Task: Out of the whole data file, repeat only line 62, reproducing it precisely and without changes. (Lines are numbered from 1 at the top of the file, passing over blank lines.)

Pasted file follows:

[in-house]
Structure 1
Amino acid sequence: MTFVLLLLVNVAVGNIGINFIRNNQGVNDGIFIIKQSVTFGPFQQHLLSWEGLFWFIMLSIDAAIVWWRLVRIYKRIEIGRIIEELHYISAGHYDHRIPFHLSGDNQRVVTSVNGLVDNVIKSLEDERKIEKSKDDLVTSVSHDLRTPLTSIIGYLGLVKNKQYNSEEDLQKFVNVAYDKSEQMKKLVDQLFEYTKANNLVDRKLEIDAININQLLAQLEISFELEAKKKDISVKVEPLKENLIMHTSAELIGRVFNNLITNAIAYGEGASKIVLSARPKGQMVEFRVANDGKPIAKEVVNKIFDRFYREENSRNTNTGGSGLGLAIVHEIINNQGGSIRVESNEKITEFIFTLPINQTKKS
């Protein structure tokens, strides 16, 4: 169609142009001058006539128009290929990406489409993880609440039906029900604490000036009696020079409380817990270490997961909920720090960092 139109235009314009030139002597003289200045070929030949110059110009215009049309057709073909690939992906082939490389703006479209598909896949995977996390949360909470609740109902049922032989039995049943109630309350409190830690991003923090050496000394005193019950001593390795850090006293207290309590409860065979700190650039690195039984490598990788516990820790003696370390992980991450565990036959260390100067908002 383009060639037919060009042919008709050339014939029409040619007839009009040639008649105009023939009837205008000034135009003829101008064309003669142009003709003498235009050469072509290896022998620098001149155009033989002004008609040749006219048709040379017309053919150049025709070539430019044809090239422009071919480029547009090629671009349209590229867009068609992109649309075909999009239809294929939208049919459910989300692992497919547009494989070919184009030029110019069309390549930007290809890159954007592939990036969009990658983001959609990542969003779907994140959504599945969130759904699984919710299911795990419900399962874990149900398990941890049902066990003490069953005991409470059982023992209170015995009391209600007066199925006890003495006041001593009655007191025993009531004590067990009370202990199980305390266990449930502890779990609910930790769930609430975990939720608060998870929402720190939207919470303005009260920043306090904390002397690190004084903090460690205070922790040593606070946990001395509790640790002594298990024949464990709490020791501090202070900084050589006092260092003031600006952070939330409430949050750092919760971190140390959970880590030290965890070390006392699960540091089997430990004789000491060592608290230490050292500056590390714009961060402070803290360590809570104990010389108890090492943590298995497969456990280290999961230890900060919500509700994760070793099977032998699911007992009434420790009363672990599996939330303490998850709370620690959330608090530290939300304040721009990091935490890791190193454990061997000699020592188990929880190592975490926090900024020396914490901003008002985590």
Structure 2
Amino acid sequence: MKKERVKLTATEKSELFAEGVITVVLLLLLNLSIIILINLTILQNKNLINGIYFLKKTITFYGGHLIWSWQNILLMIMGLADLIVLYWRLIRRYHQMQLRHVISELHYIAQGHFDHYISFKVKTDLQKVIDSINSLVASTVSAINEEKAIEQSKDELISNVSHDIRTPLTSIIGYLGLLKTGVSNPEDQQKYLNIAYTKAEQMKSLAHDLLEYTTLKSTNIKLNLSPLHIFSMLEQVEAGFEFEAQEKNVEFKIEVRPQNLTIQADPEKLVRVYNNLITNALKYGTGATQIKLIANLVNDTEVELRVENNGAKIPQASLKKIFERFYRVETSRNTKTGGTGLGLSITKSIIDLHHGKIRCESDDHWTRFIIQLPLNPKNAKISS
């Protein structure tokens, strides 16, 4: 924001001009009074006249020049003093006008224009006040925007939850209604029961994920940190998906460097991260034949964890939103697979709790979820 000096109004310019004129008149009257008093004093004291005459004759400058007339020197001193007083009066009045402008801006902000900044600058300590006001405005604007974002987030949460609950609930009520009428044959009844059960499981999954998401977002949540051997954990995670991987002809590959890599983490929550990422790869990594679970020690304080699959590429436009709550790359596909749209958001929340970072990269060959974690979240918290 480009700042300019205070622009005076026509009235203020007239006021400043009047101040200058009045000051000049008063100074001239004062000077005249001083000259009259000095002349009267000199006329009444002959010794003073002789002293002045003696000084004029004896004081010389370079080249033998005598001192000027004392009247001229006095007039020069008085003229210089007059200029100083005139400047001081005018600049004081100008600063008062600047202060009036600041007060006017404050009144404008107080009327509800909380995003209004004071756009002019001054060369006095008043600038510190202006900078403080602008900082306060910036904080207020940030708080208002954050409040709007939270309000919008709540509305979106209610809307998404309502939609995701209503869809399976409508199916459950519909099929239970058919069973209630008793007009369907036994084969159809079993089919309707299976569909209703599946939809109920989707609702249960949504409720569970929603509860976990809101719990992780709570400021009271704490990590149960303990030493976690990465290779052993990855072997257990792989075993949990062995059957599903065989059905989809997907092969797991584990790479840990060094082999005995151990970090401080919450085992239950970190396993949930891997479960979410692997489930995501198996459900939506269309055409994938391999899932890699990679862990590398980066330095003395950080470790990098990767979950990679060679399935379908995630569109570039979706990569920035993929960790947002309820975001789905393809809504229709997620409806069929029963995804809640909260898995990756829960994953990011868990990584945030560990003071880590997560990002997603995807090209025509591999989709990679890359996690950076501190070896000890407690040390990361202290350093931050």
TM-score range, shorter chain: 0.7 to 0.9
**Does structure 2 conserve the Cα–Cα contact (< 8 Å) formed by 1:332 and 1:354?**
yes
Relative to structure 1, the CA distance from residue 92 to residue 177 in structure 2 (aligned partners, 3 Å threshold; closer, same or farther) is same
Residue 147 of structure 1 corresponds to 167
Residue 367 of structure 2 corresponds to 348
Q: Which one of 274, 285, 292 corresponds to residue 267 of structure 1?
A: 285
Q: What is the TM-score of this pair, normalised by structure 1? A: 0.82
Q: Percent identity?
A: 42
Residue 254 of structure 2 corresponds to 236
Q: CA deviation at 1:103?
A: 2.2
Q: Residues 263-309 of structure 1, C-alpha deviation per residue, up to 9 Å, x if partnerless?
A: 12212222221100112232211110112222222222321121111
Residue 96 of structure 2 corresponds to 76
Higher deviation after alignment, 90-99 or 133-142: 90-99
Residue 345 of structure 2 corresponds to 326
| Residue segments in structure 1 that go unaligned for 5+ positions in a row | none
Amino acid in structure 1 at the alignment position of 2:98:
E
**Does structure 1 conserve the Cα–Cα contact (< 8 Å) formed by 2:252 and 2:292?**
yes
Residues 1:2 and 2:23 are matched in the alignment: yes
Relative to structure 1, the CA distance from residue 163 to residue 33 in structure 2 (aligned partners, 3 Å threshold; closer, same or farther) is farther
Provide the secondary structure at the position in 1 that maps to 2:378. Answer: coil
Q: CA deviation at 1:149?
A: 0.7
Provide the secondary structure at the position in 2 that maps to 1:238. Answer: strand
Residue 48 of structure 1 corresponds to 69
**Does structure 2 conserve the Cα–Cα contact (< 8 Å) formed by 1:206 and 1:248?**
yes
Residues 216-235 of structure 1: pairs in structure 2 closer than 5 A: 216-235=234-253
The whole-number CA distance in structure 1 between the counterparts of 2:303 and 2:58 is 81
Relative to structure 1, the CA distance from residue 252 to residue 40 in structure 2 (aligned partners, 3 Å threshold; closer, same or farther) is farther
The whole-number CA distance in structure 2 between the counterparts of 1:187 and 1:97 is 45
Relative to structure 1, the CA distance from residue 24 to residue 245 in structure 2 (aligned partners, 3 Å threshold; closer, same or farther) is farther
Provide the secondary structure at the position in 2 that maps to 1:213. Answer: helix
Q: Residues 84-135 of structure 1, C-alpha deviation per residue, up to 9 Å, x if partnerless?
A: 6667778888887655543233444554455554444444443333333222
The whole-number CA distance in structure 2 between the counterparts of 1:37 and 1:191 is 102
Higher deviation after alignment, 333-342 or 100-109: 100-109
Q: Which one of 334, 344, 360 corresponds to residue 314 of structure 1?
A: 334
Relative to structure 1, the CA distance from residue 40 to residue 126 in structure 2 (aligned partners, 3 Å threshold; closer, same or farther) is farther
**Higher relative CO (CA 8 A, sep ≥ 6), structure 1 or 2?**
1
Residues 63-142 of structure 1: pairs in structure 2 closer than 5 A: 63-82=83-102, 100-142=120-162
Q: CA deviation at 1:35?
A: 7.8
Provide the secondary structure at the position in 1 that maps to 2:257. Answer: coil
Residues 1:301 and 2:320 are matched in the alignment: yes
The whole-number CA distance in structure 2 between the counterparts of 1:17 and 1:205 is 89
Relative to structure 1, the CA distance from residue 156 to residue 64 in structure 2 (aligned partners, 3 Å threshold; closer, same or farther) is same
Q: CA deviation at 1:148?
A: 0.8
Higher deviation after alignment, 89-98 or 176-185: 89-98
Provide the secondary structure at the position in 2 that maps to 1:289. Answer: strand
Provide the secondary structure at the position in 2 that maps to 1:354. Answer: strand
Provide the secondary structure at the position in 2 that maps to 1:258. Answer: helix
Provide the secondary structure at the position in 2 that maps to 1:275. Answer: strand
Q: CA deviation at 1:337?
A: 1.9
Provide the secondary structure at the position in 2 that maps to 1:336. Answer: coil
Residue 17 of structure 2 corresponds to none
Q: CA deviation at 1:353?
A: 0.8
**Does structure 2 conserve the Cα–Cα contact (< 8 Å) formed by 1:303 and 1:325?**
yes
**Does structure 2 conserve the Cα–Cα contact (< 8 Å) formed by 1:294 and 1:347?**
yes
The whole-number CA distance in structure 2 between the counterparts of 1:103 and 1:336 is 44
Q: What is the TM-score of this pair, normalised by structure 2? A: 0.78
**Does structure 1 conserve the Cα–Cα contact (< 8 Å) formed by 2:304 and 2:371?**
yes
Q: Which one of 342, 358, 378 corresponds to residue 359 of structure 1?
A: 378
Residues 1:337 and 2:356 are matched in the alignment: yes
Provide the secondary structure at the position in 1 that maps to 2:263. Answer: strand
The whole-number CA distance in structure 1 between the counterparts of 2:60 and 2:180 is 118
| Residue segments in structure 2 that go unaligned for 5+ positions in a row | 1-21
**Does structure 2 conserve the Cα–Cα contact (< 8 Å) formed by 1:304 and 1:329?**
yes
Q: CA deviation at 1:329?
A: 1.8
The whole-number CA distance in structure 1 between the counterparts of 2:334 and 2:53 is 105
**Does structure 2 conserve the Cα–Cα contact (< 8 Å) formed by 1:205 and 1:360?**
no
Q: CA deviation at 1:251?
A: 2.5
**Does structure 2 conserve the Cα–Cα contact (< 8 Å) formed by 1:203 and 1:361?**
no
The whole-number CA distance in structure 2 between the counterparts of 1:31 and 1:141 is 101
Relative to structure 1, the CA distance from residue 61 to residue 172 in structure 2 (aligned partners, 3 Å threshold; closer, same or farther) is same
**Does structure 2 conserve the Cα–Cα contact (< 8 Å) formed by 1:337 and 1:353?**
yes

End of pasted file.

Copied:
Relative to structure 1, the CA distance from residue 156 to residue 64 in structure 2 (aligned partners, 3 Å threshold; closer, same or farther) is same